Implementation of IT IAM processes in an OT environment usually is met with push back from OT teams or by bypassing IAM controls with shadow processes. IAM processes such has how access is requested, approved and granted for OT, and most importantly, how users access systems in remote parts (middle of nowhere with no connectivity to receive an SMS for MFA is a classic example) are very different than what we see in IT. Unless OT IAM processes are implemented to make life easier for OT practitioners, organizations continue to stand risk of non-adoption. This can lead to self-inflicted business disruptions and a degraded customer experience.
Effective implementation of IAM enables organizations to answer key questions about who has access to what, how they got that access, whether that access is still needed and how to remove unneeded access quickly and consistently. Organizations have matured in answering a question “Who has access to what, how they got it, what they are doing with that access, and do they still need that access?” in IT. Tying OT access to “identity” will extend the framework for “identity as a perimeter” into OT environments. We have and continue to see, that while accesses are tied to identities in IT, that concept is in early stages in OT environments. Simply put, when a person leaves an organization “remove all her/his access not just to IT, but also to OT environments”.
It's important to find ways to make security programs less like seat belts (only effective if you use them) and more like airbags (always on, and ready to deploy, with no human intervention).
Successful IAM implementation in OT requires deep understanding of OT processes, architecture, the Purdue Model and more. IAM technologies are extremely well-suited to enable the next generation of smarter sensors. This is because identity has a unique visibility to the data used to establish trust. Thus, it 'owns' many of the administrative and runtime controls for defining and enforcing access policies (see Figure 1).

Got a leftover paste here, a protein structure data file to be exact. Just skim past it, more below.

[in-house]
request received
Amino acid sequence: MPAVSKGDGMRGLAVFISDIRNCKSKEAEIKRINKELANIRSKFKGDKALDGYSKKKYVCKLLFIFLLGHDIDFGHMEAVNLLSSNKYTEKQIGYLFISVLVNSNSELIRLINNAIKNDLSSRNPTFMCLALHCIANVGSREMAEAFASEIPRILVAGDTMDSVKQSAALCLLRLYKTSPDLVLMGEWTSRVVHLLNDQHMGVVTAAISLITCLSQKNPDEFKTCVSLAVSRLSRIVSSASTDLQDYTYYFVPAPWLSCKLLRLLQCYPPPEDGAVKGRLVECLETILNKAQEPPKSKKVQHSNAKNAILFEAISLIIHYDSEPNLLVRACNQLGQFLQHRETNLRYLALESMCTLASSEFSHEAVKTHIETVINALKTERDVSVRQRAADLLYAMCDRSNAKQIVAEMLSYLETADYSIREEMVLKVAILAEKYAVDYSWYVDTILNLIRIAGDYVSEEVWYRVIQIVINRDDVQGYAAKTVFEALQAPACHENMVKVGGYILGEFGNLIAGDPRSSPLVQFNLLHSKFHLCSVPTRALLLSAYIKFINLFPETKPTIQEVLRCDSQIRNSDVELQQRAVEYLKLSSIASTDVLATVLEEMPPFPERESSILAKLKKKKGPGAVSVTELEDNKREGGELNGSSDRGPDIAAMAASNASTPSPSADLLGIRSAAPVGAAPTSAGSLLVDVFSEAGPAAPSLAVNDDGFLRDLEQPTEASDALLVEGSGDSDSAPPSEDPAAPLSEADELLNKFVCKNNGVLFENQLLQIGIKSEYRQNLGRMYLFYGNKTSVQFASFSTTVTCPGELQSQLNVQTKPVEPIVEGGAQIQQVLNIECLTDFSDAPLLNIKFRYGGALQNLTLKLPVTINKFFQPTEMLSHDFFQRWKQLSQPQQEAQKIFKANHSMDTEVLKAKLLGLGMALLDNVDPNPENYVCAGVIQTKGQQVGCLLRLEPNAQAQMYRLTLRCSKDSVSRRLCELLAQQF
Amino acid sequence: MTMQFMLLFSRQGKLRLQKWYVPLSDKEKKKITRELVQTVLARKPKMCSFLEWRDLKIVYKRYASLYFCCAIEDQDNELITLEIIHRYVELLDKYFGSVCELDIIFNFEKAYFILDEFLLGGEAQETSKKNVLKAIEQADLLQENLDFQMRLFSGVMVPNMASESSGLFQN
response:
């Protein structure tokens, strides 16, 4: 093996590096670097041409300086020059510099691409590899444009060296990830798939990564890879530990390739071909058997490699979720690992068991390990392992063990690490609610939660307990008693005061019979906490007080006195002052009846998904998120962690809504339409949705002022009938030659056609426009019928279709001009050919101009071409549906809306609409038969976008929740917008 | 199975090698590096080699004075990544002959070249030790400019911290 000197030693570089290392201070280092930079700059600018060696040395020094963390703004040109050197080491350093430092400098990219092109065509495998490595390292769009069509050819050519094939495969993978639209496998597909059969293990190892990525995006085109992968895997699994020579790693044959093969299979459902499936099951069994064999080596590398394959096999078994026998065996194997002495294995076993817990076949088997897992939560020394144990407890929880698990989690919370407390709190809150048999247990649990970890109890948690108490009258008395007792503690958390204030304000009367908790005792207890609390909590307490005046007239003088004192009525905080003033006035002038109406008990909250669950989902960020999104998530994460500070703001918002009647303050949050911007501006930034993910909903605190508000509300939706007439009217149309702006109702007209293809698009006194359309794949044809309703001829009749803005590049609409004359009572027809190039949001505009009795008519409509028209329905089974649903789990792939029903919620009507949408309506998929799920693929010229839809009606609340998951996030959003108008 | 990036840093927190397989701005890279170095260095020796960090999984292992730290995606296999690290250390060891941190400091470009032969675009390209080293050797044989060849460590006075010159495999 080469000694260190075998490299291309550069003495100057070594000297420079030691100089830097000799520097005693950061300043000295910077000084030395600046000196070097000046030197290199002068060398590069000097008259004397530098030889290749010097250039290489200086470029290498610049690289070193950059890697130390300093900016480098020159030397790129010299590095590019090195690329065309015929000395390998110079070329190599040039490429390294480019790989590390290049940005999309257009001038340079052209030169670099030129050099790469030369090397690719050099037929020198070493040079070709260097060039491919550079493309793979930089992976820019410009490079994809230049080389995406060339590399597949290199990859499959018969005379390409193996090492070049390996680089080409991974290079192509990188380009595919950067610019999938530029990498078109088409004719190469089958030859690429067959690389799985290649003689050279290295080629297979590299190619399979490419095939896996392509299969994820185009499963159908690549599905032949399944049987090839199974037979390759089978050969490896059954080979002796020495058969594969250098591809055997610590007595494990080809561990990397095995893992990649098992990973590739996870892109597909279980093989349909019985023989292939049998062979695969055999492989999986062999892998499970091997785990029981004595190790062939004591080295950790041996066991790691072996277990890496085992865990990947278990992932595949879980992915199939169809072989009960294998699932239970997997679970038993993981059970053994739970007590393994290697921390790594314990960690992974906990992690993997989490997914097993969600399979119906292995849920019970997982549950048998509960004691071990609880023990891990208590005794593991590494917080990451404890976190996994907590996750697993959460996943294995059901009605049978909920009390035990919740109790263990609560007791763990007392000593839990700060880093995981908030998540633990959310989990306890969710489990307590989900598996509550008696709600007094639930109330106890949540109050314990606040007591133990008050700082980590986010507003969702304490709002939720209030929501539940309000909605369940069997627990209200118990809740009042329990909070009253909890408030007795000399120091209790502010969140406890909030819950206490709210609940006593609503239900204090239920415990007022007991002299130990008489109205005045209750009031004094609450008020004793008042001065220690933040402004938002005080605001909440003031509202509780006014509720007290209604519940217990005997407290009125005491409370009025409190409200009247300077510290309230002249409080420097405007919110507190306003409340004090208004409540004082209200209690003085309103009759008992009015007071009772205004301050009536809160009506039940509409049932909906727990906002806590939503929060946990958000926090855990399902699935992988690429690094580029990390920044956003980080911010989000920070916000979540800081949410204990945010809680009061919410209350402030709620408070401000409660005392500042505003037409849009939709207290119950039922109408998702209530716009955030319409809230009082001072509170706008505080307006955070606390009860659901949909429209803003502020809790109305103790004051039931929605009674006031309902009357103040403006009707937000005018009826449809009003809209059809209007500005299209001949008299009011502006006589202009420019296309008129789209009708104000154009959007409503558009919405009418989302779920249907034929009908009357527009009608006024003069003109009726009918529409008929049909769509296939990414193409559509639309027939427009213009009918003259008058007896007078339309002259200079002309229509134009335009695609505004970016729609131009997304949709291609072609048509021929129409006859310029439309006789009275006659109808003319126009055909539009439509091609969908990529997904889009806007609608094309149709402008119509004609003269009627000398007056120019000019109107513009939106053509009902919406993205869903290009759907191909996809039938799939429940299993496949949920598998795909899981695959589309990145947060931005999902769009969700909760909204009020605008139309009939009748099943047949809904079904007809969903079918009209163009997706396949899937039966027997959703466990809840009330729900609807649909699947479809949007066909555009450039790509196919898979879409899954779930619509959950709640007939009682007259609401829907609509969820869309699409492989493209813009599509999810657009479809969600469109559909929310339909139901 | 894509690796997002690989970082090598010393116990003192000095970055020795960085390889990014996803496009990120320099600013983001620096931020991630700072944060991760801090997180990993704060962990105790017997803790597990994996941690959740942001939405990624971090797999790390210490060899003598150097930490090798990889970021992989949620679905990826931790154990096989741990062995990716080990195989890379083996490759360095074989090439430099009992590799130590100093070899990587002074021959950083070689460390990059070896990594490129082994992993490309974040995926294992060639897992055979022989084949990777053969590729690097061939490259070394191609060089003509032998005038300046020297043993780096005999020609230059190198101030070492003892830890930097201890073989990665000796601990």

When working with client OT environments, it's important to create a baseline identifying who should have access to what, along with a complete accounting of how access was authorized and acquired over time. From there we move on to establishing an authoritative identity data for authenticating known users, devices and workloads and metadata for describing users and permissions, which in turn drives lifecycle automation. This is accompanied by establishing the rules that govern the right-sized allocation of access and its business-appropriate use.
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This is true throughout the environment, but most importantly as it relates to critical infrastructure and privileged access. Examples of proper controls include account discovery processes to detect the creation of rogue accounts or the existence of accounts that become orphaned due to lifecycle changes; 'drift' controls that detect and correct deviations from access baselines that may include illegitimate elevation of privileges; and organizational, functional, policy or role-based ways to define the appropriate assignment of access. In addition, IAM can and should help with certification controls to improve ongoing business accountability related to appropriate access, as well as just-in-time access controls to mitigate risk associated with standing privileged access.